Again, I’ve said before, it’s a shame someone stuck probably a lot of money into the motor, now considered a dinosaur, only to be tossed aside out in the rain for SBC swap. Yep, that’s the way it is.

    Like 4
    • Avatar photo mike

      Hopefully you meant SBF…no Chevy swap please

      Like 7
      • Avatar photo Yblocker

        Amen to that. Better yet, a built 292, which is what I have in mine. I prefer period correct

        Like 7
  3. Avatar photo HoA Member

    Didn’t get very good gas mileage, didn’t,,, however, while they generally didn’t rack up a lot of miles, they ran for years and years with hardly a burp.

    Like 2
    • Avatar photo Bunky

      My first vehicle was a ‘60 Ford F100 Custom Cab, with wraparound rear window. My Dad bought it new. 223 6/3 on the tree. Needed a valve job at 80k, so we went ahead and did an inframe overhaul. New carb, major tune up- 14.5 mpg. Guy I worked with/for had a ‘67 Vette. 427 with a tripower. Originally 435 horse. Built, and dyno’d at 550 hp. He got 13.5mog. Seemed totally unfair.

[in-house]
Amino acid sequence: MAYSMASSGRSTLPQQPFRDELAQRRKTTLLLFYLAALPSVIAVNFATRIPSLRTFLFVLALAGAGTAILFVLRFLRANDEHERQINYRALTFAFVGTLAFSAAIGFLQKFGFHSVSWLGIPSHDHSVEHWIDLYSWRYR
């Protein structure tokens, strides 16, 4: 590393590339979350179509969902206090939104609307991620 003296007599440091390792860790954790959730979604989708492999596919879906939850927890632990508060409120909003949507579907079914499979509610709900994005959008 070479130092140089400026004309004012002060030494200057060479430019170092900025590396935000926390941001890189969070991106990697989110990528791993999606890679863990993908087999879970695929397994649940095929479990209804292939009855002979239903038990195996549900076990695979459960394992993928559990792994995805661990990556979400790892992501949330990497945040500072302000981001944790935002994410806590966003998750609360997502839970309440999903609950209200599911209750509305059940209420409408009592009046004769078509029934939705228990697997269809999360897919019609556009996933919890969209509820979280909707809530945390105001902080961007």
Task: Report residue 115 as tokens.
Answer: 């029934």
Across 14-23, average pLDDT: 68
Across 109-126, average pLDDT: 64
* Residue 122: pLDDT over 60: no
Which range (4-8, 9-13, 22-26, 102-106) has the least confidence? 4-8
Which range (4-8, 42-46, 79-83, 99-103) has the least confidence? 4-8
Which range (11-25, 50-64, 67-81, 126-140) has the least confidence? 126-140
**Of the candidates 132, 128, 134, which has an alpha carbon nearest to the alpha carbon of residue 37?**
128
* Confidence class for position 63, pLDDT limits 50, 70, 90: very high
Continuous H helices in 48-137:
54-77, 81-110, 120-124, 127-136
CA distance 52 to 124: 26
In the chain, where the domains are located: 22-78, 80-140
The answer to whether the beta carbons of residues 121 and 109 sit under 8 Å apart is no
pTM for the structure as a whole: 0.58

I love this truck! (I currently have a ‘56 F100 with original 292/3 speed)
      However, it would be painful to do what needs to be done. Anything less than a cab off resto is simply delaying the inevitable, while the poor thing decomposes. Frankly, I’d sell it too.

      Like 3
  4. Avatar photo Todd J. Member

    I’m surprised it has already been bid to over $12k. Mechanical improvements aside, who wants to monkey with that much rust for what is a rather pedestrian vehicle?

    Like 5
    • Avatar photo Yblocker

      “Pedestrian vehicle”? Only the most popular and sought after classic truck on the planet lol

      Like 11
  5. Avatar photo bobhess Member

    With that much rust on top I can just imagine what’s underneath. Lots of body parts available but first you have to have something left to put the body on.

    Like 10
  6. Avatar photo David

    12 k confirms that someone out there has a huge hole in their head with tooo much money. Beautiful truck and worth fixing, too bad the long time owner doesn’t have sense god gave a grapefruit. All of the cars and trucks I’ve owned have been good to me, I take good care of them and they take good care of me,

    Like 2
  7. Avatar photo Fordor

    $12.5K?? -for this??Looks like shill bidding

    Like 12
  8. Avatar photo mike

    All those picts on Ebay but none underneath?? Can’t image what the frame looks like.

    Like 4
  9. Avatar photo Yblocker

    Aside from the price, which is a bit much, I don’t get all the belly aching, the rust is in all the usual places, and is typical for every make of truck from the period, thousands of these have been restored through the years, many worse than this one, and every patch piece, or complete panel is available. Well worth restoring, but yes, the price needs to come down

    Like 4
  10. Avatar photo TIM HAHN